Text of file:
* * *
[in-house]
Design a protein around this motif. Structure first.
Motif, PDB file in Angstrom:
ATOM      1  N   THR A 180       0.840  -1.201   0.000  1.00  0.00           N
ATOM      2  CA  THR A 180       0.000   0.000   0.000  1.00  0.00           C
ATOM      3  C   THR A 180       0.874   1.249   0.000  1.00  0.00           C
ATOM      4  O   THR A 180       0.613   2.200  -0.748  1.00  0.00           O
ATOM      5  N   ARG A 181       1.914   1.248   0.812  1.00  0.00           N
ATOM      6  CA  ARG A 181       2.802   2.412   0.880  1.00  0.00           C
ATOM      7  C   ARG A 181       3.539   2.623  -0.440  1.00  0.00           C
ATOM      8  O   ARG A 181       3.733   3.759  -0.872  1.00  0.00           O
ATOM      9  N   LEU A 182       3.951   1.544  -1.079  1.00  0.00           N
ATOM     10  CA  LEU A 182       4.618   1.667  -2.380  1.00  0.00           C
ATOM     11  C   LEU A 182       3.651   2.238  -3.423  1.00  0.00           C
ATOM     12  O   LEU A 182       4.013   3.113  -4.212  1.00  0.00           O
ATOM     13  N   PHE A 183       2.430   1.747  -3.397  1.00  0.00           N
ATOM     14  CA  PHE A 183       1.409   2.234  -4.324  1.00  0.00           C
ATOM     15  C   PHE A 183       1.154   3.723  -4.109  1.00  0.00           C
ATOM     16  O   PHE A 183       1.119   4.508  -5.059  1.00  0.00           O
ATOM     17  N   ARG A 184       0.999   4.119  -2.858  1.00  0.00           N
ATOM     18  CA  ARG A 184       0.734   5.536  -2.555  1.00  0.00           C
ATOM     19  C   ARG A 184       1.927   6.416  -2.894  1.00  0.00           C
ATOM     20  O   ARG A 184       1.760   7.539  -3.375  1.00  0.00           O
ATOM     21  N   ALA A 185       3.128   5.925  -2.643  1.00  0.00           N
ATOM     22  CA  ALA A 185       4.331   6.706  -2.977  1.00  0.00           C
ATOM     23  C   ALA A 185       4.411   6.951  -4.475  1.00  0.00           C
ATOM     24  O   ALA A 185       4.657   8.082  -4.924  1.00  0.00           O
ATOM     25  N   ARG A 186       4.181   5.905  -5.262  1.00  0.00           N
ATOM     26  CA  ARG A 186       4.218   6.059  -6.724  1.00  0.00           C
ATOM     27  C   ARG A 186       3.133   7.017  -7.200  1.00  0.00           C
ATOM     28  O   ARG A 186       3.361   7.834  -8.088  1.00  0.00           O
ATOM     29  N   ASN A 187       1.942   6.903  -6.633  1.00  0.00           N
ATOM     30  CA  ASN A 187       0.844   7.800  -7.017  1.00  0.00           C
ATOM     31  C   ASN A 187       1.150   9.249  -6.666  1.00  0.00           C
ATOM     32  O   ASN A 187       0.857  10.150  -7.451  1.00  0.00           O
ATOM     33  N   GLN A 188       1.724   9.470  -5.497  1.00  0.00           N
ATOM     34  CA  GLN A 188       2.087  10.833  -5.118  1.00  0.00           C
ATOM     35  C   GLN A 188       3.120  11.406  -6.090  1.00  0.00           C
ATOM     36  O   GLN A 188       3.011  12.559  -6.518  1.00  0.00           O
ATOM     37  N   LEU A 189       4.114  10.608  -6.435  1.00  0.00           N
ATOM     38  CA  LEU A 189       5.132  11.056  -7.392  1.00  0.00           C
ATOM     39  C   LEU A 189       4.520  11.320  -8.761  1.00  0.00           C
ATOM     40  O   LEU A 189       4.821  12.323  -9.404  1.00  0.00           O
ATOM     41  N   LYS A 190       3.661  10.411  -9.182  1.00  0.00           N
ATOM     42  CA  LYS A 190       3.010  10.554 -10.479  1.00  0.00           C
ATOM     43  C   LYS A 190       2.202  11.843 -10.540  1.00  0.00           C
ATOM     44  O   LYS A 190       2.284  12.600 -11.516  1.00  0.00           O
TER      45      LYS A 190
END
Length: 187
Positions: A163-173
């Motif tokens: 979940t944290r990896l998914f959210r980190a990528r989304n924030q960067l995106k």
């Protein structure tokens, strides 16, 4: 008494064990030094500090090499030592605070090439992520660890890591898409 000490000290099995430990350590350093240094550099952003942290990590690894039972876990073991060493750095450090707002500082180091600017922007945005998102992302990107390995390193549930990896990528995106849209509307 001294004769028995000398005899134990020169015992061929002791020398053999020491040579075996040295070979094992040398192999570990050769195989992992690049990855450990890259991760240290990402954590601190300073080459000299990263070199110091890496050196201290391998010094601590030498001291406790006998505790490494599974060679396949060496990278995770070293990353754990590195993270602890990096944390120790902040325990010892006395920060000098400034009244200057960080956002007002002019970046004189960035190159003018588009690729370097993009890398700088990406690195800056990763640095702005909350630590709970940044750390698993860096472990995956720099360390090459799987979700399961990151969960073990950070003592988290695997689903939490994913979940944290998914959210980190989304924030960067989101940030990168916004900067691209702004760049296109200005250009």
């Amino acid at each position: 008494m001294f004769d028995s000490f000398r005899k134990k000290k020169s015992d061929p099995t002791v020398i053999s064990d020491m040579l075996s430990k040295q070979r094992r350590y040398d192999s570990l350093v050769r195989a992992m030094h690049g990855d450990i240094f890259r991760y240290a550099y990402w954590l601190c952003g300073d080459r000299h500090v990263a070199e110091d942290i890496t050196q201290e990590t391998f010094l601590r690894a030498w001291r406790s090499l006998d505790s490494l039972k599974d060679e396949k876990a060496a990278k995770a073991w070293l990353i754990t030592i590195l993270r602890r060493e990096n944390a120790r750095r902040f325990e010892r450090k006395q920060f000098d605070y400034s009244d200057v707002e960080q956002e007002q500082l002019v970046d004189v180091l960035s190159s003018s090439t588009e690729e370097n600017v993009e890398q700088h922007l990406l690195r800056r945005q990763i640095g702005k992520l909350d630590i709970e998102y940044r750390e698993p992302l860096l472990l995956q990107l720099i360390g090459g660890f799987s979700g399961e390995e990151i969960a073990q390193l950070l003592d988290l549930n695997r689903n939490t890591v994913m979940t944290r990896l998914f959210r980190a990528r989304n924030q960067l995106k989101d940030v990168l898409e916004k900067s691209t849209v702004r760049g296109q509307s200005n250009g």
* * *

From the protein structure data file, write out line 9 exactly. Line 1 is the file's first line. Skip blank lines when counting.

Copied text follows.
ATOM      6  CA  ARG A 181       2.802   2.412   0.880  1.00  0.00           C